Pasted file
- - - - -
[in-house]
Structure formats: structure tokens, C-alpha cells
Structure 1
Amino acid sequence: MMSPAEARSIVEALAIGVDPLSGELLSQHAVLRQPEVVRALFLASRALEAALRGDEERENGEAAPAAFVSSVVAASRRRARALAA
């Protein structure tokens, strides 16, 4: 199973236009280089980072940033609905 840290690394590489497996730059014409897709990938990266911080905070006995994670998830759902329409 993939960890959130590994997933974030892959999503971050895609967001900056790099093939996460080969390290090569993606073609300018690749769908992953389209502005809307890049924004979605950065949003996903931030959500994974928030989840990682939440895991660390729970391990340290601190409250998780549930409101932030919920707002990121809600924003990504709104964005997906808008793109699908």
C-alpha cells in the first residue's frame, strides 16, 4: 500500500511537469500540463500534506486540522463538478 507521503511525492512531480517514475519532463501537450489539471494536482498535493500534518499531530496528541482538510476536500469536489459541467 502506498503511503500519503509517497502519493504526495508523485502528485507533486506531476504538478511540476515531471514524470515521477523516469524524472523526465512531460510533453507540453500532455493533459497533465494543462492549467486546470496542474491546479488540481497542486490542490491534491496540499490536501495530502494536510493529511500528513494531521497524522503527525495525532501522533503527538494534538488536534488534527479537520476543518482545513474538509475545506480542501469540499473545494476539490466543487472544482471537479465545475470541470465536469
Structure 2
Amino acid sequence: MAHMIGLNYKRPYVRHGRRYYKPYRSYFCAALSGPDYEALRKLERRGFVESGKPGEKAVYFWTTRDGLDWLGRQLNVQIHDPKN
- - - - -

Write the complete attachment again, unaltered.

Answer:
[in-house]
Structure formats: structure tokens, C-alpha cells
Structure 1
Amino acid sequence: MMSPAEARSIVEALAIGVDPLSGELLSQHAVLRQPEVVRALFLASRALEAALRGDEERENGEAAPAAFVSSVVAASRRRARALAA
């Protein structure tokens, strides 16, 4: 199973236009280089980072940033609905 840290690394590489497996730059014409897709990938990266911080905070006995994670998830759902329409 993939960890959130590994997933974030892959999503971050895609967001900056790099093939996460080969390290090569993606073609300018690749769908992953389209502005809307890049924004979605950065949003996903931030959500994974928030989840990682939440895991660390729970391990340290601190409250998780549930409101932030919920707002990121809600924003990504709104964005997906808008793109699908």
C-alpha cells in the first residue's frame, strides 16, 4: 500500500511537469500540463500534506486540522463538478 507521503511525492512531480517514475519532463501537450489539471494536482498535493500534518499531530496528541482538510476536500469536489459541467 502506498503511503500519503509517497502519493504526495508523485502528485507533486506531476504538478511540476515531471514524470515521477523516469524524472523526465512531460510533453507540453500532455493533459497533465494543462492549467486546470496542474491546479488540481497542486490542490491534491496540499490536501495530502494536510493529511500528513494531521497524522503527525495525532501522533503527538494534538488536534488534527479537520476543518482545513474538509475545506480542501469540499473545494476539490466543487472544482471537479465545475470541470465536469
Structure 2
Amino acid sequence: MAHMIGLNYKRPYVRHGRRYYKPYRSYFCAALSGPDYEALRKLERRGFVESGKPGEKAVYFWTTRDGLDWLGRQLNVQIHDPKN